At the height of the recession in 2008, I was laid off from my video editing job of eight years.
Up until that point, I had it made. I earned a very comfortable $72k a year salary living in Los Angeles, had a huge office with state of the art equipment, an amazing boss, and great benefits.
Since full time work in my field was scarce at the time, I started freelancing. While I had a great severance package for six months, and a couple large freelancing jobs in the beginning, what mostly happened over the next four years was me blowing through my savings, not budgeting, not networking enough, not improving my skills as a video editor, and not creating my own opportunities.
The good ol’ days are over. I’m not even sure when they ended “officially,” but if you think you will stay in one job, or even one career your whole life, and get too comfortable just phoning your work in and collecting a paycheck, then you are missing out on some incredible opportunities.
Multiple Streams of Income
With freelancing it’s almost always feast or famine. At the time of the feast it can be difficult to do things like side jobs, or to set yourself up for passive income, because of lack of time. That’s why it’s important to set up these things or work on them during downtime, or during “the famine.
Now I realize a lot of you might be full time employees or students, but you never know when your situation might change unexpectedly, and having several sources of income can be very helpful.
There are a lot of different ways you can work on side income/side jobs/or passive income:
Freelancing: If you work full time or are a student, find out what skills you could put to good use. Are you good with drawing? Then start creating art to sell on Etsy, or create graphics for websites and blogs.
The same thing if you are a good writer or editor. There are so many websites out there like Elance, Guru, or even Craigslist that look for freelancers.
I started freelance writing after I created my own blog, and realized I could make a little extra money staff writing for other blogs.
Virtual Assistant/Errand Runner/Handyman/Driver: Sites like TaskRabbit take bids on jobs from everything like rides to the airport, party help, hanging holiday decorations, cleaning, helping people move, etc. It takes a while to get set up and established on these sites, but once you do, you can take jobs whenever you get free time, which for me tends to be in the summer when my video editing work slows down.
The bonus for taking these types of jobs is that it leads to what everybody should be doing regardless of their employment status, which is networking. You never know when you might be picking someone up from the airport that might be in the same field as you. You’d be surprised what a small world this is!
It also gives you a chance to work on socializing skills if you’re like me and have a tendency to be on the shy side.
I’ve been a TaskRabbit for about a year, and have made a lot of great connections through various assignments.
Check out these other ways I’ve been building side incomes.
Like I mentioned before, take every opportunity to network, regardless if you’re in that comfy job which you love and think you’ll be at forever.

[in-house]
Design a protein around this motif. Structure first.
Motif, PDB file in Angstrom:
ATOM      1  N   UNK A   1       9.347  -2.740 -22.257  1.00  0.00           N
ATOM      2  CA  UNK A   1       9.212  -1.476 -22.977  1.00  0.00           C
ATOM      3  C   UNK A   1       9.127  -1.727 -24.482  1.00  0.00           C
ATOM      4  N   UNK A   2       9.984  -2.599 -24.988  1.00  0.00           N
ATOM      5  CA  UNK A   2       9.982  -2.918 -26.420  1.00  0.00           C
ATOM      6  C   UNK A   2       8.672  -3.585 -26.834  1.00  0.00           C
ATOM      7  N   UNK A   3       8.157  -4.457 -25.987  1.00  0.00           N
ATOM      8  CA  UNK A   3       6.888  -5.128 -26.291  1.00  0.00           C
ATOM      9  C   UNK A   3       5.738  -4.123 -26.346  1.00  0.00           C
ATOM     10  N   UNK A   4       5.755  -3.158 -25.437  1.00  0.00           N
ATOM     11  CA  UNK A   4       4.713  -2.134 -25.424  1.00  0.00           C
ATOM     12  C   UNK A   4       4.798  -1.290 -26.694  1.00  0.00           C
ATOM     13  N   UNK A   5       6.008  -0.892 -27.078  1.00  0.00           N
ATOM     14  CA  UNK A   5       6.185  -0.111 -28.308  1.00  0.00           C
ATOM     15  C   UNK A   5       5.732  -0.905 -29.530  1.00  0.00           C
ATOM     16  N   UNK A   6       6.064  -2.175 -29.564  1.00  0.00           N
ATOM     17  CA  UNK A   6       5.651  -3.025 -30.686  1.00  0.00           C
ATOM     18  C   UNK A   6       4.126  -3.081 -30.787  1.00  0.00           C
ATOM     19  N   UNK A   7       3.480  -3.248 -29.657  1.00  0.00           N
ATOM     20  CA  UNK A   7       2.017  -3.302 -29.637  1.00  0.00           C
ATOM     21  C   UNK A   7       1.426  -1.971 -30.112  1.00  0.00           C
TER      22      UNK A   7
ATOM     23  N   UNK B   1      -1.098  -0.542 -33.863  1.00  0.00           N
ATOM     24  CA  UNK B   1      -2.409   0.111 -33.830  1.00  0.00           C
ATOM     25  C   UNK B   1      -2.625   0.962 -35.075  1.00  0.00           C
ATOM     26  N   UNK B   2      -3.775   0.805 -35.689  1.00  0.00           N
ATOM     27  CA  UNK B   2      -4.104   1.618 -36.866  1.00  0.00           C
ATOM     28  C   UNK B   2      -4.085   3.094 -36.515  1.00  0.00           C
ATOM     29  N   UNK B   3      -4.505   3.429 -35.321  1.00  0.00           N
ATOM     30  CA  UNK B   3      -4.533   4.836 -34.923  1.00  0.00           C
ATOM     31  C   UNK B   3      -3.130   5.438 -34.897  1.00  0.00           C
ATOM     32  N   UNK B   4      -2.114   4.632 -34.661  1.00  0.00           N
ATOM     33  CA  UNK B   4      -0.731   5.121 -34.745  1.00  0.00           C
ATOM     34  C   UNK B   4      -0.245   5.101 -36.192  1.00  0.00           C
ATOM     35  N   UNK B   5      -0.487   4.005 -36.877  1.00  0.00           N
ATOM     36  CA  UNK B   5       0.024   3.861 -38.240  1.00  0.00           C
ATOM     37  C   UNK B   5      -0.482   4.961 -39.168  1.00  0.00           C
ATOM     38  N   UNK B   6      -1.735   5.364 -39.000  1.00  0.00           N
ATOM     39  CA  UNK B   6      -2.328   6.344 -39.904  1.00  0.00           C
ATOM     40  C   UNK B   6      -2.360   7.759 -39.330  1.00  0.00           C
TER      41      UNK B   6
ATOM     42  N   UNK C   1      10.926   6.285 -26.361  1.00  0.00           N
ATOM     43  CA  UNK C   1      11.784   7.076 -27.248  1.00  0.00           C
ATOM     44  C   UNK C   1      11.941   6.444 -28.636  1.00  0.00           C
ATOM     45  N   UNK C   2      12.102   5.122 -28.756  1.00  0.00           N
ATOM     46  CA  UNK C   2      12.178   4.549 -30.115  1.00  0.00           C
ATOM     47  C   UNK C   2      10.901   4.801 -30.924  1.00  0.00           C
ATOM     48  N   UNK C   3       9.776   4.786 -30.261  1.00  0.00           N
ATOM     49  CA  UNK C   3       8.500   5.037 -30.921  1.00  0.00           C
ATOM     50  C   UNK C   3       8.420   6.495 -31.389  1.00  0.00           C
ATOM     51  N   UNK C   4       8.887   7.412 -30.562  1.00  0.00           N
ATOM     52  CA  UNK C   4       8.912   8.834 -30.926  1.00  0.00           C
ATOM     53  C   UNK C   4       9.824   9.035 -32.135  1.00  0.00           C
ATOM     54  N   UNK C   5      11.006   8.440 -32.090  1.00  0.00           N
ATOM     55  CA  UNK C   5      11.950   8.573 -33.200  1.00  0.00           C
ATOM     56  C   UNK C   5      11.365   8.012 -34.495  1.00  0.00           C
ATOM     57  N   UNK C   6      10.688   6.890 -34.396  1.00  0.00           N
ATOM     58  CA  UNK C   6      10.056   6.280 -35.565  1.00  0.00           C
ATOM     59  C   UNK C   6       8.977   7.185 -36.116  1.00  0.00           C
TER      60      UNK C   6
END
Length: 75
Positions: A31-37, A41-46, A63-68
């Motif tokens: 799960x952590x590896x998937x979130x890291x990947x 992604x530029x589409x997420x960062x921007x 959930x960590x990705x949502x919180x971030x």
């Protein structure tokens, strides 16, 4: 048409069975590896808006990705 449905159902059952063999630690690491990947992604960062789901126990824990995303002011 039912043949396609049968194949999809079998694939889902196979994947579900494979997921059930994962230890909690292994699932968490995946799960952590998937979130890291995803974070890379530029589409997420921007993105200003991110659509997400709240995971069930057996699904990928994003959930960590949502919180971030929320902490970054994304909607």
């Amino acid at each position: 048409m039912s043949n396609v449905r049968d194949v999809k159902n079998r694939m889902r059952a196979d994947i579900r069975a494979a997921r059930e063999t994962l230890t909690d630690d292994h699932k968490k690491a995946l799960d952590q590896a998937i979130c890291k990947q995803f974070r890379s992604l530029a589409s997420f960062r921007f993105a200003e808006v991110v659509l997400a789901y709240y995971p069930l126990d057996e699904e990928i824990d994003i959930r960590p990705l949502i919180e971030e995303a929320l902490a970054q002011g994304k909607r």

That was one of my biggest mistakes as a full time employee. I got complacent about networking, so by the time I really needed to have contacts when I was laid off, I hardly had any!
It’s a good idea to set up some kind of database using a simple Excel spreadsheet to keep track of all your contacts.
What do they do? Who do they work for? How did you meet them? It’s OK to get business cards, but how often have you misplaced them? And just putting the info in your cell phone leaves out key details about the context of the relationship.
It’s a good idea to drop a line (a simple email will do) to your contacts at least a couple times a year.
Dear _______, I’m _____ and we met through our mutual friend ______ at the (company name) Christmas party. I just wanted to touch base with you to see if you’d be interested in grabbing a cup of coffee sometime? I’d love to hear more about the work you do at your company.
This is why having some sort of database is very helpful.
I also think it’s a good idea for everyone, and I mean everyone to have a basic website which contains your resume, examples of your work (if that pertains), and testimonials.
You can set up a basic website with little to no cost these days, so there is no excuse not to have one. If you don’t know where to start then I highly recommend you check out Bluehost and my tutorial on How To Start Your Own Personal Website. Also keep up your LinkedIn profile, and utilize social media sites like Facebook and Twitter to network.
Keep Up With Your Field’s Job Skills
This is another area where I completely dropped the ball when I was working full time. Because I was only required to work with one or two types of software in my editing job, I got lazy and never took advantage of employee educational discounts, or even free training.
Now when I look for video editing related work, most companies require far more software skills than I possess and should have to make myself more employable.
If you plan on staying in your field and being successful, it’s imperative to stay on the cutting edge, at least as much as your budget permits.
All of this stuff I learned the hard way. The good news is you can learn from my mistakes, and do all of this now instead of later when it may be too late or more difficult.
How are you currently creating your own opportunities?